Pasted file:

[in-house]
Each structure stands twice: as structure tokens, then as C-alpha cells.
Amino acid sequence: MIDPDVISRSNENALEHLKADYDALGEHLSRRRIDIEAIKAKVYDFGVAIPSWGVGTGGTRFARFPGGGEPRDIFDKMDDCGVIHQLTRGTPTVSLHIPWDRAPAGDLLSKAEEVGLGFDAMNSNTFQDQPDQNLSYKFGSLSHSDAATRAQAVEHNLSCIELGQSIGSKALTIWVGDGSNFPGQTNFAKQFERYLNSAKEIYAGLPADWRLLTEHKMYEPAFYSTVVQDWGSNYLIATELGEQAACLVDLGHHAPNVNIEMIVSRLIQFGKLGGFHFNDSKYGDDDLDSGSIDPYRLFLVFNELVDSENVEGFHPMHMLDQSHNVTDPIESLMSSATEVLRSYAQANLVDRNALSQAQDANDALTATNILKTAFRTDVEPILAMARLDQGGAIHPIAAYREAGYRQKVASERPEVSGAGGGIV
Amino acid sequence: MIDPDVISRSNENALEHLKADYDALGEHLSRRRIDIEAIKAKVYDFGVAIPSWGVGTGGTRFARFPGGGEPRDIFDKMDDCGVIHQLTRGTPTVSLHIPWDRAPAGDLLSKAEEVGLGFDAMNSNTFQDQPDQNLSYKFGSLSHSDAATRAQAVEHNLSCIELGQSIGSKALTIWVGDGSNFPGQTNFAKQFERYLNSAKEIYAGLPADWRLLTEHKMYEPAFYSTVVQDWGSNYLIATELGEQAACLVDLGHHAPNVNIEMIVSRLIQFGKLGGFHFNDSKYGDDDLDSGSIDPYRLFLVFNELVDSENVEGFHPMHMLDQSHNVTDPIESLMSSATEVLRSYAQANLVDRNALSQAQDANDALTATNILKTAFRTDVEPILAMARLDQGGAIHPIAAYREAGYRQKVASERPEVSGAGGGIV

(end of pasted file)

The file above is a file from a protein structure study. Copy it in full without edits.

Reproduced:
[in-house]
Each structure stands twice: as structure tokens, then as C-alpha cells.
Amino acid sequence: MIDPDVISRSNENALEHLKADYDALGEHLSRRRIDIEAIKAKVYDFGVAIPSWGVGTGGTRFARFPGGGEPRDIFDKMDDCGVIHQLTRGTPTVSLHIPWDRAPAGDLLSKAEEVGLGFDAMNSNTFQDQPDQNLSYKFGSLSHSDAATRAQAVEHNLSCIELGQSIGSKALTIWVGDGSNFPGQTNFAKQFERYLNSAKEIYAGLPADWRLLTEHKMYEPAFYSTVVQDWGSNYLIATELGEQAACLVDLGHHAPNVNIEMIVSRLIQFGKLGGFHFNDSKYGDDDLDSGSIDPYRLFLVFNELVDSENVEGFHPMHMLDQSHNVTDPIESLMSSATEVLRSYAQANLVDRNALSQAQDANDALTATNILKTAFRTDVEPILAMARLDQGGAIHPIAAYREAGYRQKVASERPEVSGAGGGIV
Amino acid sequence: MIDPDVISRSNENALEHLKADYDALGEHLSRRRIDIEAIKAKVYDFGVAIPSWGVGTGGTRFARFPGGGEPRDIFDKMDDCGVIHQLTRGTPTVSLHIPWDRAPAGDLLSKAEEVGLGFDAMNSNTFQDQPDQNLSYKFGSLSHSDAATRAQAVEHNLSCIELGQSIGSKALTIWVGDGSNFPGQTNFAKQFERYLNSAKEIYAGLPADWRLLTEHKMYEPAFYSTVVQDWGSNYLIATELGEQAACLVDLGHHAPNVNIEMIVSRLIQFGKLGGFHFNDSKYGDDDLDSGSIDPYRLFLVFNELVDSENVEGFHPMHMLDQSHNVTDPIESLMSSATEVLRSYAQANLVDRNALSQAQDANDALTATNILKTAFRTDVEPILAMARLDQGGAIHPIAAYREAGYRQKVASERPEVSGAGGGIV